The Minister in Nicaragua (Lane) to the Secretary of State

No. 892

Sir: Referring to my strictly confidential telegram No. 48, of June 14, 6 p.m.,70 regarding the report that the Minister of El Salvador, Doctor César Virgilio Miranda, had been recalled to El Salvador for various reasons, I took the opportunity in a conversation with President Sacasa on June 15, to broach the matter of Doctor Miranda’s activities, in the hope that I might elicit some information. Having on that morning received the Department’s instruction No. 266 of May 31, 1935, indicating that it approved my statements to the Mexican Chargé d’Affaires on April 29 (to the effect that the United States did not intend to choose the next President of Nicaragua), I said to Dr. Sacasa that my position here appears to be different to that of the Minister of El Salvador; that I am neither in favor of or against any candidate; and that I could not be a party to the convocation of the diplomatic corps with a view to taking action against Somoza.

The President, earlier in the conversation, had stated that for personal reasons there is no one he would rather see succeed to the presidency than Somoza, but unfortunately, however, the people, so Doctor Sacasa said, did not wish Somoza as President, the Guardia having made itself unpopular throughout the country. Furthermore, he [Page 863] added, Somoza’s presidency would be distasteful to all of Latin America, would reflect unfavorably on the United States, and would create the belief that the United States had imposed Somoza on the country. The President… told me, what he has said on countless previous occasions, that the United States is his second country and that he would not wish any loss of prestige for the United States in Latin America. I expressed the opinion that were we to take the action which the Minister of Salvador apparently desired, it would, in my opinion, react unfavorably against the United States, as the contention would then be that we were again intervening in Nicaraguan political affairs. I said to the President that the Minister of El Salvador and I had maintained excellent relations, but that on this point I differed radically with him. Furthermore, I said that my Government had approved my attitude in the matter.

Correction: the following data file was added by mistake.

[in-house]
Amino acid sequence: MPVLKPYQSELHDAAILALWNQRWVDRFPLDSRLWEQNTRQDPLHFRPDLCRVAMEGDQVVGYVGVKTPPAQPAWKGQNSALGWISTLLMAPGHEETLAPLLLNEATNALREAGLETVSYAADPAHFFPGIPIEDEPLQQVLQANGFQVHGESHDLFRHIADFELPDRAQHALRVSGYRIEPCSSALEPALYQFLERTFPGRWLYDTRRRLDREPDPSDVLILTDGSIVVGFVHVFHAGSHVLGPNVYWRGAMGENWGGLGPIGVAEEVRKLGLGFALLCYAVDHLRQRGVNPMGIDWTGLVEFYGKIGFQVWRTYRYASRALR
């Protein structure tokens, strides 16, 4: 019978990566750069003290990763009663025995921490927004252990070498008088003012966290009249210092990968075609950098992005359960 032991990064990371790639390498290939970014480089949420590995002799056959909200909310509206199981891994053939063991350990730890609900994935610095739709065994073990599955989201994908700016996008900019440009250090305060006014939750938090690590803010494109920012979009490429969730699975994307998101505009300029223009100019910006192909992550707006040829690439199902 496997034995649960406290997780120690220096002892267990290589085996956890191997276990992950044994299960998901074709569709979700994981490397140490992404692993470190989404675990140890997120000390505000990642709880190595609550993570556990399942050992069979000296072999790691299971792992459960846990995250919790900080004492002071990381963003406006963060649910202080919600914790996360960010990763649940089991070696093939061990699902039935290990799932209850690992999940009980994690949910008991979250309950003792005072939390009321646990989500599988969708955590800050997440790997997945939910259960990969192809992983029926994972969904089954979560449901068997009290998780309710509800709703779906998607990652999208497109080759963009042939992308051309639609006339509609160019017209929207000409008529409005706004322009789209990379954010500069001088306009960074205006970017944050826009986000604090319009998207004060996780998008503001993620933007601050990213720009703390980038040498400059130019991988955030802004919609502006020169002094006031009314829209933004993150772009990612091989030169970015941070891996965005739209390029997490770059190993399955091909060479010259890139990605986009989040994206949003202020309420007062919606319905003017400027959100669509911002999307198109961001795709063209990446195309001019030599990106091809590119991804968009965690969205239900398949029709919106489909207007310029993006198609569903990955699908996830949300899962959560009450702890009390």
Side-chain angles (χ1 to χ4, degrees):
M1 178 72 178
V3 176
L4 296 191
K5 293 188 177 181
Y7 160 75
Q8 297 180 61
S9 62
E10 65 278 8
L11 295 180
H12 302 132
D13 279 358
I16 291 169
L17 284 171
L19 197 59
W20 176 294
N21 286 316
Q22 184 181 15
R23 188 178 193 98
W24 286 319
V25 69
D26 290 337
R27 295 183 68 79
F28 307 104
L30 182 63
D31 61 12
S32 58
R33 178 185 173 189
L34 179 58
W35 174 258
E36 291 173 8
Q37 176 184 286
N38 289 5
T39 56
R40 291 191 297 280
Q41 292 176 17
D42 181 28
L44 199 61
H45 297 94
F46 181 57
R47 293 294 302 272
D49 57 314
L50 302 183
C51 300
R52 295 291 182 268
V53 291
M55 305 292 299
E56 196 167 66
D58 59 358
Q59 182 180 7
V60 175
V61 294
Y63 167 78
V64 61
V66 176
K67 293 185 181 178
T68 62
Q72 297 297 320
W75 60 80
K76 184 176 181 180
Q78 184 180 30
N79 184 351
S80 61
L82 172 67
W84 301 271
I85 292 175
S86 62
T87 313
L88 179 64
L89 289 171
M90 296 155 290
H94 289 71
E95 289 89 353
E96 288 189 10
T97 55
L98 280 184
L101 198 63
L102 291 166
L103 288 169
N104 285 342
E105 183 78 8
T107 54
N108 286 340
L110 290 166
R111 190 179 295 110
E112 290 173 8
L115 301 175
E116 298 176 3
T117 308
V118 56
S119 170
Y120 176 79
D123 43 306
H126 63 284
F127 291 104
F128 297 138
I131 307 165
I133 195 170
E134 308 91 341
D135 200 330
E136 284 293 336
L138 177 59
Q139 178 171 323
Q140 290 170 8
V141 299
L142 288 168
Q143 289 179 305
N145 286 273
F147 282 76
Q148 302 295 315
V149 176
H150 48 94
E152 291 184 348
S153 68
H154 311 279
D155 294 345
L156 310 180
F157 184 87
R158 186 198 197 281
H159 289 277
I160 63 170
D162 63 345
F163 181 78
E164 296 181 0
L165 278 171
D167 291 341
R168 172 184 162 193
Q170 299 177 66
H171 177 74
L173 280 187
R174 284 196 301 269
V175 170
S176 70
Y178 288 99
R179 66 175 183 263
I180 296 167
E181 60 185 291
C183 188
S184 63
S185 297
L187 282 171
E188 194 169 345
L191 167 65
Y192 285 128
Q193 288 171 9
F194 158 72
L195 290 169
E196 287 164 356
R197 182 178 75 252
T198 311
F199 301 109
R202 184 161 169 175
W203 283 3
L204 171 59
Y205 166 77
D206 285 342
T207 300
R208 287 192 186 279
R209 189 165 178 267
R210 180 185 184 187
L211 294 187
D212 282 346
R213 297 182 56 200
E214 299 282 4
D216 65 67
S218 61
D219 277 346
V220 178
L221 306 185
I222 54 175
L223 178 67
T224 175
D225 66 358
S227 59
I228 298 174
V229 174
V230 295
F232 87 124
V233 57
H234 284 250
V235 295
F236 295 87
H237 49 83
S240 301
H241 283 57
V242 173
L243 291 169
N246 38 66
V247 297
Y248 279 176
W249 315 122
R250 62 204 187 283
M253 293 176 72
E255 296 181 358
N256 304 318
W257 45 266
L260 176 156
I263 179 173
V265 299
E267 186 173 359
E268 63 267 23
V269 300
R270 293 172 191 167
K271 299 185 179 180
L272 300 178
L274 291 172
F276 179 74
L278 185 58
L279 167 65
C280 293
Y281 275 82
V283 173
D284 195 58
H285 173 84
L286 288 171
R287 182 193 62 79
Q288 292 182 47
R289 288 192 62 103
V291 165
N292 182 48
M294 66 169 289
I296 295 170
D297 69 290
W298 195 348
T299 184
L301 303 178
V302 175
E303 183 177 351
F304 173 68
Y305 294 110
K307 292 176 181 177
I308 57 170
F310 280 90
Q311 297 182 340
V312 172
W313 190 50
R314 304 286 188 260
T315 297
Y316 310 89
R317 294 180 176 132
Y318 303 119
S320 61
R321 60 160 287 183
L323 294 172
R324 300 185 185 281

. . . . . . . . . . . . . .

As Dr. Luis Manuel De Bayle now openly states (he has so stated to me) that Somoza intends to have a constituent assembly called to elect Somoza provisional president (the question of changing the constitution now seems to have been dropped), I inquired of the President as to the accuracy of such rumors, which I did not attribute to any person in particular. Dr Sacasa replied that he, as President and as upholder of the constitution, could not permit such an action which would result in civil war, worse than any which Nicaragua had yet experienced.